I'm not sure about data on desktop design, but I can say that for mobile devices, people will often use the social media login option when it is presented. This article about mobile interaction and behavior tells us the following: SOCIAL LOGIN: While roughly half of the people who participate in our research say they don't like – or want – to make use ...


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For your specific question on which social logins to use, it depends on your users/market. However, Facebook is by far and away the most important one, followed by Google. Then a mix of Twitter, LinkedIn and Yahoo.


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There may be some behavioural insights (or behavioural economics) research into this, but I would suspect the questionnaire first is a better way to go. My thinking is that you can start initially by collecting their name and email address people may hesitate to upload a photo if it's the first thing they're being asked to do people are more likely to add ...


0

Email confirmation to me is more inclusive to users but also slightly more lax on security restrictions?....like checking an ID to get in somewhere vs. checking an ID against a list to get in (email verification). Agree it may come down to how your brand wants to be perceived and how you view security.


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It seems as though the main objectives you have are to get users into the system with the hope that when the product will support them, they will actually use it. So, my advice would be to: gather the absolute minimum amount of information required to create a user (perhaps username/email/mobile number and password) begin with most restrictive questions ...


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Obviously, with registration, there would be a bit more fields to fill in, and the user would have to scroll down to register using social media, even though we would prefer it if they would register using social media, so that we would be able to retrieve more data about them On mobile apps, user should be able to perform all operations quickly be it ...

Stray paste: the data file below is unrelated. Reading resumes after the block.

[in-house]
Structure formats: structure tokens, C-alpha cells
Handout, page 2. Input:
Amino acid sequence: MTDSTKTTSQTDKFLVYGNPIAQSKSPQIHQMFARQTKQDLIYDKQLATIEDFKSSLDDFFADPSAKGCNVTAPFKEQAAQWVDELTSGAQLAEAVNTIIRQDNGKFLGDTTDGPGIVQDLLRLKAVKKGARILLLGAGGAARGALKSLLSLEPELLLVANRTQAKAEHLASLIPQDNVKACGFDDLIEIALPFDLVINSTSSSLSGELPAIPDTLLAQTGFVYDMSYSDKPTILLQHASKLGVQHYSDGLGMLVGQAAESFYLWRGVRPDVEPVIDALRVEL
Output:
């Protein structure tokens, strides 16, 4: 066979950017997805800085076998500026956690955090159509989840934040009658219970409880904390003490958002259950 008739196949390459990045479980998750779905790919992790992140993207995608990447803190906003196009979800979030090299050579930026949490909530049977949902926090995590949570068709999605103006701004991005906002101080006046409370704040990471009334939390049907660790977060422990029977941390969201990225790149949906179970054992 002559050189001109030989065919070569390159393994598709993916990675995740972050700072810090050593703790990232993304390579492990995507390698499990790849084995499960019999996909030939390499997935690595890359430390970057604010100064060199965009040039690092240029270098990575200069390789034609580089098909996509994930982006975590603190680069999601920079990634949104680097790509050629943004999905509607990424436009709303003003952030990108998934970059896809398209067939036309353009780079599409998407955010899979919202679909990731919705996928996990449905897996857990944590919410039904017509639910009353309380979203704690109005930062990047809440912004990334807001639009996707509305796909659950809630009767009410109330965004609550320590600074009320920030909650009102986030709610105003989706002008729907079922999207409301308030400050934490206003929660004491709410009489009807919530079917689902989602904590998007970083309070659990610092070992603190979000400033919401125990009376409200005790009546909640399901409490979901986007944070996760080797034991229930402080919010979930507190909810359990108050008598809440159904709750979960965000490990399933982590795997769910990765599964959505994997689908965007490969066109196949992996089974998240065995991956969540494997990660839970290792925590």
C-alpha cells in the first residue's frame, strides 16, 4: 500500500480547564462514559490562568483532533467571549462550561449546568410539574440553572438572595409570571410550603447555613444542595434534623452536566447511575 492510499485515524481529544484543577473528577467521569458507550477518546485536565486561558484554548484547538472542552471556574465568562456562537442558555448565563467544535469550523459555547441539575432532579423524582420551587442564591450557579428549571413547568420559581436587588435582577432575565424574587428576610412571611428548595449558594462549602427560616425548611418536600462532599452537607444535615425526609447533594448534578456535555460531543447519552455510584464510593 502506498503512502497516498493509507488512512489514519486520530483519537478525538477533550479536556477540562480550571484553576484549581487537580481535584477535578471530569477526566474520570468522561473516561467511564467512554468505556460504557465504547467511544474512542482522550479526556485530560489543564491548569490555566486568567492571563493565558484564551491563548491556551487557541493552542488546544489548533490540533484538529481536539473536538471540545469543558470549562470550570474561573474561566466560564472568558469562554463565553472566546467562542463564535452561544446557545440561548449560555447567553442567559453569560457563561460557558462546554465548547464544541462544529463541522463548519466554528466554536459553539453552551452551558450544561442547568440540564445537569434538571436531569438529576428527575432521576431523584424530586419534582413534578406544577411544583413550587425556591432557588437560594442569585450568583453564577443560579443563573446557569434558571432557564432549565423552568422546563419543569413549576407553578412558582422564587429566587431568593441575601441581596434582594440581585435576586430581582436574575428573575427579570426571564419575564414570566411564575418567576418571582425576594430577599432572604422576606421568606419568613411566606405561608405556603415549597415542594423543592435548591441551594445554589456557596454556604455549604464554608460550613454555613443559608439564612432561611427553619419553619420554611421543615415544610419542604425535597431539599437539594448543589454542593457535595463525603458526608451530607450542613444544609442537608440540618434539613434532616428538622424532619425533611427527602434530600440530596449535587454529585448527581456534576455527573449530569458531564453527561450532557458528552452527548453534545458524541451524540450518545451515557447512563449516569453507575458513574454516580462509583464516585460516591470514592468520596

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It all goes with your business needs. If you want your user's information, then it would be better to include your own login first, and social login as last resource. If you want less friction, user's information is no problem for you and want just some kind of simple user identification, then give preference to social media login. Additionally, I see ...


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The solution can be catered in a slightly different way to solve such issues. A simple layout like this would solve quite some issues. Mobile designs require careful usage of space. Illustrative approach for such can help simplify and beautify app designs. Description about the layout: The social login buttons can be arranged horizontally instead of ...


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If you prefer users to register using social media, then you should definitely put those choises on top. It will gently push them to use it. To me, it is confusing that you call the manual account creation "Mobile, Username or Email". I would just let the user fill in email (or username if that suits your system better).